Ironically, “Upper Chamber” is in a basement. Specious and usually empty, it is suitable for events. The menu is minimalistic. But it is open till midnight, and run by a bunch of fun-loving locals who get progressively happier as the day nears its end, the fact a hard core immersion and authenticity connoisseur is certain to uppreciate.
The address is Spekoka 32.
Ulitsa Spekova is the one that starts from the statue of a Soviet hero after whom it was named throwing a hand grenade at evil Finns who dared to refuse the Russian demand for land. That’s a late 30s business, when Russia mirrored German invasion of Poland. The participants of the aggression are still considered heros, not victims of times when it was about impossible not get immersed in evil and stupidity as an active participant.
Perhaps I’ve been one of these grumpy ever-critical Russians too much and too long. To make up let me open a new Russophilia category for things that I actually like about this place and its inhabitants. Done, here.
The first entry will be an ordinary liquor and beer store at Pervomayskaya 57 in Kandalaksha that put one plastic table in the corner of the hall, dubbed itslef a cafe, and thus circumvented the ban on boose sale after 9pm. Being a cafe they will have to insist on opening the bottle on the premises but no one will force you to stay there till done.
I had a beer there three or four years ago, and was most delighted today do discover that this time capsule is still around. Okolitsa (“the outskirts”) caters to the aluminum smelter workers, active or retired, mostly certified alcoholics. As basic as it gets. Beer and chips, with an open-face sandwich and a home-made pickle to priviledged clients. Most of the intact part of the building is occupied by public baths, open 9am to 9pm daily, Friday 12 noon to 9pm. Tuesdays and Saturdays are for women, and Wednesdays, Friday, and Sundays are for men. After 9pm you can have the whole banya for 750 roubles ($25) per hour regardless of the number of persons.
The place certainly qualifies to be listed under Filming locations, along with Stolovaya No. 12, a 1970s time capsule. But I’d place Okolitsa into early 90s, the time of freedom, anarchy, and makeshift style.
My penchant for time capsules takes me to places like that. Just “stolovaya”, and to make it unique give it a number. In this case “12”.
In Moscow this plate would be in an antique shop
The sign merely informs, not entices.
“Stolovaya” is from “stol”, which means “table”. No effort to build identity. These days such refusal to try to be unique as everyone else is almost an offence. A statement for sure. An identity in itself when the battle cry is “be unique like everyone else”. Someone please point to the stoning scene from Life of Brian.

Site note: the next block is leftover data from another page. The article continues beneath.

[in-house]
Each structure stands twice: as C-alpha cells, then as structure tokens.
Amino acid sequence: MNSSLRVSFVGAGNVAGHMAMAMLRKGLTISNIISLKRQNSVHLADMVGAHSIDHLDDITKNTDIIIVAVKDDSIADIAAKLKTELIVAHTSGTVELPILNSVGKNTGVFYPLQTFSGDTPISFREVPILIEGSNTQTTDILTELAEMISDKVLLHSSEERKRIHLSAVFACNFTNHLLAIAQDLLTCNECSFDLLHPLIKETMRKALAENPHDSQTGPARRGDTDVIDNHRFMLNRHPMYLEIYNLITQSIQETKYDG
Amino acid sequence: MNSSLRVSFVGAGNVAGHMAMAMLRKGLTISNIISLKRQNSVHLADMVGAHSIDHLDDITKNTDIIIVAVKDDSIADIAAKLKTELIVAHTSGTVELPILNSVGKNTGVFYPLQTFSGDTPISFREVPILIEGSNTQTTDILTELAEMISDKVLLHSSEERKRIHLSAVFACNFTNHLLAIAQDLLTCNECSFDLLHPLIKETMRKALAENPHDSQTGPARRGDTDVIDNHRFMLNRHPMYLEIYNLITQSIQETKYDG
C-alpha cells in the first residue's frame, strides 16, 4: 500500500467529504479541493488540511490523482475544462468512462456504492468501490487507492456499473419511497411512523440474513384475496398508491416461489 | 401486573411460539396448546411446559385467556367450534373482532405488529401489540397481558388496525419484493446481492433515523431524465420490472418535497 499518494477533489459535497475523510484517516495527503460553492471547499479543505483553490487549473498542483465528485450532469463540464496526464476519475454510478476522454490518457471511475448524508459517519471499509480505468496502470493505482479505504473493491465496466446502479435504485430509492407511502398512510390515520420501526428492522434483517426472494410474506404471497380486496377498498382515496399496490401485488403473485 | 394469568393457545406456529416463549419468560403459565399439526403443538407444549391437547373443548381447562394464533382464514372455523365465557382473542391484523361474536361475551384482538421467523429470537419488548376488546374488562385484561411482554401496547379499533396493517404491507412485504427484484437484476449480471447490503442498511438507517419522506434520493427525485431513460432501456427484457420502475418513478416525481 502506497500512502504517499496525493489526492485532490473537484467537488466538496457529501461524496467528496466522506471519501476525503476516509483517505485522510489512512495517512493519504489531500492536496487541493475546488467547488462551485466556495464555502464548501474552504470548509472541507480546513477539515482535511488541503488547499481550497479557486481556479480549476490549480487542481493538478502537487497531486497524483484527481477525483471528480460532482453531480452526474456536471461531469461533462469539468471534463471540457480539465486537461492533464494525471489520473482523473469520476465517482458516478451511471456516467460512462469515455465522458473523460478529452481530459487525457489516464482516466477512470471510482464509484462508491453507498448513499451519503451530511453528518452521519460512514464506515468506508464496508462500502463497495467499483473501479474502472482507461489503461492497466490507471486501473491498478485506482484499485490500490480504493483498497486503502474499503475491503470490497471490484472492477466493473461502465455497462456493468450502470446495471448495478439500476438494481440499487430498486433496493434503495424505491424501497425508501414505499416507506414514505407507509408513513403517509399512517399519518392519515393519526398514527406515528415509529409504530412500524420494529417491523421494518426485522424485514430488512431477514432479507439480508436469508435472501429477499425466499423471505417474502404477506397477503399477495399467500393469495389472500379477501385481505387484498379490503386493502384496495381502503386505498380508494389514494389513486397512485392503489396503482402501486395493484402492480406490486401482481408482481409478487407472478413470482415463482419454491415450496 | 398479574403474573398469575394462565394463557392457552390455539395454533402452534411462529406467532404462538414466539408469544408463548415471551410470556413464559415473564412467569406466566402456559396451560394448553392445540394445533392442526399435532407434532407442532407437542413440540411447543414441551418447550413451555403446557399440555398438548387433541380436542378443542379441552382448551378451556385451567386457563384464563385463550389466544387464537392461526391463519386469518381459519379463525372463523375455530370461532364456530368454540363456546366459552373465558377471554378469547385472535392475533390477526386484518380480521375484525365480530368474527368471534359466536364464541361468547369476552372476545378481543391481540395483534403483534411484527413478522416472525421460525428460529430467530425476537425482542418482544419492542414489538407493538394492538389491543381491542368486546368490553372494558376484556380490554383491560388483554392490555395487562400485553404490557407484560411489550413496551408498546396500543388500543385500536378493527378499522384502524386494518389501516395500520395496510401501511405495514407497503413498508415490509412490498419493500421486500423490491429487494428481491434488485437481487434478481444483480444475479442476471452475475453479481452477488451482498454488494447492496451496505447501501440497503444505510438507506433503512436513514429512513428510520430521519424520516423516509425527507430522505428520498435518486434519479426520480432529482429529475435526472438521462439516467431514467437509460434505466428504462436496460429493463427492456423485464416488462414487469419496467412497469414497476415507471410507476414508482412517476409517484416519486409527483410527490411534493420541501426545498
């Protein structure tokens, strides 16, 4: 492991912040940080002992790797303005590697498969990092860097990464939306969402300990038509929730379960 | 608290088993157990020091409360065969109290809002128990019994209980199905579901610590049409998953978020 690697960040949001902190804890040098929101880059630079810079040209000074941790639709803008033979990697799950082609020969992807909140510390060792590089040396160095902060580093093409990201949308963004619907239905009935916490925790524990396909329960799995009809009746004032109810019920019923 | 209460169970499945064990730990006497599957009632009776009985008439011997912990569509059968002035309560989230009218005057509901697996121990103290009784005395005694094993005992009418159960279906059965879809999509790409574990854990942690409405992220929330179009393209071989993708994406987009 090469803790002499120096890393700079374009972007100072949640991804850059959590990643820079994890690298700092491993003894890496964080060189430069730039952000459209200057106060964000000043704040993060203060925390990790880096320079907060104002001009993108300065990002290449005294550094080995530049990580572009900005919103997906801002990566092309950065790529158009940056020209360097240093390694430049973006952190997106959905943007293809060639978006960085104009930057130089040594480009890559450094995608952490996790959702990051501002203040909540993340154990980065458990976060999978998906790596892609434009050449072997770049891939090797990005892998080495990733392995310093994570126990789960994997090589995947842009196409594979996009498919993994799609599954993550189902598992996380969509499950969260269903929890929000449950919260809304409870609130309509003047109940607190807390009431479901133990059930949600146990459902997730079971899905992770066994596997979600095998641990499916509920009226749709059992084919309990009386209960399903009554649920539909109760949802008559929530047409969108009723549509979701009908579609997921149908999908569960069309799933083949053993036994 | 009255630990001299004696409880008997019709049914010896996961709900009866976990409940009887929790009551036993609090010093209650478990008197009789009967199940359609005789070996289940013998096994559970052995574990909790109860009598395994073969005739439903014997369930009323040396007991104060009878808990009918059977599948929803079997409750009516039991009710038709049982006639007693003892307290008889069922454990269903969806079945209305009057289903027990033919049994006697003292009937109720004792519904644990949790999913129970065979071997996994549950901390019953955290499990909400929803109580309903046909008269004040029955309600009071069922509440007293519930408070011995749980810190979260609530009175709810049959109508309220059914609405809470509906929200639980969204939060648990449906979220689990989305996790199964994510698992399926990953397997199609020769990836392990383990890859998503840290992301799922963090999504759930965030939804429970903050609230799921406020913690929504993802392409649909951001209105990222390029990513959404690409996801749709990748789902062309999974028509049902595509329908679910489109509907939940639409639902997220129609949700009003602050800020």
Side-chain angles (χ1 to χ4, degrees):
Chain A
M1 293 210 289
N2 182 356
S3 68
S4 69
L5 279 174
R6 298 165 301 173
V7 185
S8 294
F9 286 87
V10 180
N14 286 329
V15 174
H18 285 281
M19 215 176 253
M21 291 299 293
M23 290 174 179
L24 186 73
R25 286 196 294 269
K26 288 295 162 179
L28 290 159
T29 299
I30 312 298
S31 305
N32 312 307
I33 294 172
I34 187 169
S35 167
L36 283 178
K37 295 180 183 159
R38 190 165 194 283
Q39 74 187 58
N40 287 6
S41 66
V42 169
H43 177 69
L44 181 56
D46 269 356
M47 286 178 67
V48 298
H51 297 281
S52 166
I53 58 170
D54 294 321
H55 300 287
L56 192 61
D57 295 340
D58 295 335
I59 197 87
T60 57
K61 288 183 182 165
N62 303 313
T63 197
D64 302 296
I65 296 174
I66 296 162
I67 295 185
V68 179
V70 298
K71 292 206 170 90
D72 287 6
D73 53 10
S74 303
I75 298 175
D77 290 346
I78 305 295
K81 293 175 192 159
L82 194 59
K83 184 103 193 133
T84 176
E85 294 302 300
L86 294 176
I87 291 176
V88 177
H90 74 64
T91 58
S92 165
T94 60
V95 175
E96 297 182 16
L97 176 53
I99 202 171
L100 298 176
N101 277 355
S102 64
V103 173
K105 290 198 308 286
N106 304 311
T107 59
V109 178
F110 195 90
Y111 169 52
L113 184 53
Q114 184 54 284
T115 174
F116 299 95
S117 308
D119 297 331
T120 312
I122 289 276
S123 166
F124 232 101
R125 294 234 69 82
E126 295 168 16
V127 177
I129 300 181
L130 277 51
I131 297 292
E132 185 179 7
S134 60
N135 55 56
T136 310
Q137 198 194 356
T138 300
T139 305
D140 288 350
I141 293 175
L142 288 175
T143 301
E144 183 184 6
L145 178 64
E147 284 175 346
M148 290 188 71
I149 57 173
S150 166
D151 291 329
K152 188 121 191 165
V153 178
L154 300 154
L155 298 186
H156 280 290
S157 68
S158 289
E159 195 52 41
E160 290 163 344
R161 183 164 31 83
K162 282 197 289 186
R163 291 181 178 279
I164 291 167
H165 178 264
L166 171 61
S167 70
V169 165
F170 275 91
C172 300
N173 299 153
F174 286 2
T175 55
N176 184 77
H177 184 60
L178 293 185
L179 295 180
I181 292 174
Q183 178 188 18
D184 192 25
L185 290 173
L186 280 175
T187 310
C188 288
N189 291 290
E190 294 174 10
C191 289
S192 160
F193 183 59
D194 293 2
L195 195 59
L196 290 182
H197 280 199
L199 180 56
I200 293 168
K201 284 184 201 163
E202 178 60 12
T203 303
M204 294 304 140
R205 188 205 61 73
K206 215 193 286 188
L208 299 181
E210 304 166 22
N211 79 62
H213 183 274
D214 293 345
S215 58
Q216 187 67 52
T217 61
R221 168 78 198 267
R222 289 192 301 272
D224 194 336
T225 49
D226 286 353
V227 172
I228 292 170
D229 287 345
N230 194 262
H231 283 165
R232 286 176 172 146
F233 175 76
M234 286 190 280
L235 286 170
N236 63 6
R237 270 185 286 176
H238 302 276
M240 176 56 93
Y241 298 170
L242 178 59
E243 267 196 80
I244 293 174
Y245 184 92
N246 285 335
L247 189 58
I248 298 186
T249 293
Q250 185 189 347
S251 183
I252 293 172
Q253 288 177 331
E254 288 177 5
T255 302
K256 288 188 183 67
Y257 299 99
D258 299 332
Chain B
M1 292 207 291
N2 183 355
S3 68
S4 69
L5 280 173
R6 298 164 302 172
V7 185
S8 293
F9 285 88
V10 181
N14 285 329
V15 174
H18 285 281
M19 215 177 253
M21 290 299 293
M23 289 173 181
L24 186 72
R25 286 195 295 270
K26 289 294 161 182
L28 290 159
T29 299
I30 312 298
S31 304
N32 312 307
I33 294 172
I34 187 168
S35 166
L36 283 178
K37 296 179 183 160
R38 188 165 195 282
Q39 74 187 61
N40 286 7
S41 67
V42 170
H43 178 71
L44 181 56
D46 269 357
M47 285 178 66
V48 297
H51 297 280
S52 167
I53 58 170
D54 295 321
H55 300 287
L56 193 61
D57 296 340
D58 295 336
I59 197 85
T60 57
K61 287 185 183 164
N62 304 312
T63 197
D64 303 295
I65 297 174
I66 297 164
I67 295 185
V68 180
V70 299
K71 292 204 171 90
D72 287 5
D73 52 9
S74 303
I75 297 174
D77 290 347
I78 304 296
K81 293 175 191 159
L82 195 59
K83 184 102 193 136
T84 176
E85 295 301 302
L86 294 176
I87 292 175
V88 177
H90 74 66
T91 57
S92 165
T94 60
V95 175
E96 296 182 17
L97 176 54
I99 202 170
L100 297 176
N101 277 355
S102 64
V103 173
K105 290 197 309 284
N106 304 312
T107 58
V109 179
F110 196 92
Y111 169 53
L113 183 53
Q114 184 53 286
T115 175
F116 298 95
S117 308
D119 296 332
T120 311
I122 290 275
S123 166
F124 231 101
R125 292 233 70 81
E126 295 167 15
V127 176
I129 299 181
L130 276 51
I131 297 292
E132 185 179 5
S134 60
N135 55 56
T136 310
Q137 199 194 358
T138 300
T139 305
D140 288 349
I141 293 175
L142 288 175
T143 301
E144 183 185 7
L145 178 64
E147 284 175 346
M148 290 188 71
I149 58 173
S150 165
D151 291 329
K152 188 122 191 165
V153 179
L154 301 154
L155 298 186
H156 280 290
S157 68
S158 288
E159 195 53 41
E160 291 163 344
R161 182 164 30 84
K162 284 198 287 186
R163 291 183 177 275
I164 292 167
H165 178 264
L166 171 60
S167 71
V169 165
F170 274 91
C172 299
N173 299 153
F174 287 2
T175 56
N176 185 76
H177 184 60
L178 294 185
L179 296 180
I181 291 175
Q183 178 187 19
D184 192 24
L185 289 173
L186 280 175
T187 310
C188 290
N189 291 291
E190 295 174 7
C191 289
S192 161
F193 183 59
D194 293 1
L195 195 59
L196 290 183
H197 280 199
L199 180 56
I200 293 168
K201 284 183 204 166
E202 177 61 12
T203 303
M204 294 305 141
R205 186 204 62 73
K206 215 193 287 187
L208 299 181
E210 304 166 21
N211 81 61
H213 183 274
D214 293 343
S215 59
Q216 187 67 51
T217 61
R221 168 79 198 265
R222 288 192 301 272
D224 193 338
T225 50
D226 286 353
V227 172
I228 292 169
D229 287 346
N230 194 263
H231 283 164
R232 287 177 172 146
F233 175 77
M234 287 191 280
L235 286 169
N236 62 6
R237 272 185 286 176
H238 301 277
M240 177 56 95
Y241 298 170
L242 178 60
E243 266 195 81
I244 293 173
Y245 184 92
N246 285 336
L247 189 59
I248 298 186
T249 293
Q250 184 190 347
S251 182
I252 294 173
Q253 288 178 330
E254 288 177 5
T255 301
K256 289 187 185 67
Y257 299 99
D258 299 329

The only non-functional element of the interior is plentiful live plants.
No TV. It’s been a while since I encountered a public space without the screen.
Open 11am to 3pm which is neither constraining nor imposing on you the need to chose when you have lunch. Lunch is to be had during lunchtime.
The menu does not force you the need to make decisions either. Two types of salad, meat and fish, boiled rice, mashed potatoes, one kind of soup, white bread, brown bread, buns, tea with or without lemon and sugar already in either case, and “kompot”. (“Kompot” is not “compote” but more like tea made of dried fruit.) Just enough variety to make it more than a school canteen from the 70s.
If you wish to wind down, it is only vodka and only one kind. Last time I saw a place with just one drink option was in 1993 somewhere in the Voronezh province.
Even if for only 40 minutes but today, Tuesday, October 29 2013, Pasha was pleased with life and his place in it.
Yes, Stolovaya No. 12 at the corner of Pronina and Novaya utterly failed to annoy me.
The last detail that turned the old grouch me to near euphoria was a pot-belied figure on the washroom door.
When done put the tray with dishes and utensils on this belt.
Less than a full meal but much more that a snack for two was 228 roubles ($7).
A view onto the railroad in a late fall. Gloomy alright but this gloom is somehow easier to take when it is in pure form. Add some colour and light, and will only get worse.
Looking for pre-perestroyka scenery? That’s it. See more character scenery under Filming locations. Also, since most of you travellers will find the arrangement appauling, I’m putting this eatery into the Russian Misery Tourism (c) category.
Ulitsa Naberezhnaya (riverside) 130, in the Spolokhi (sprites) hotel. Tel. +7 921 164 0016. Open 11am to 1am Monday to Thursday, and 11am to 3am Friday to Sunday. Free Wi-fi and pool. Deliveries. Their page looks good.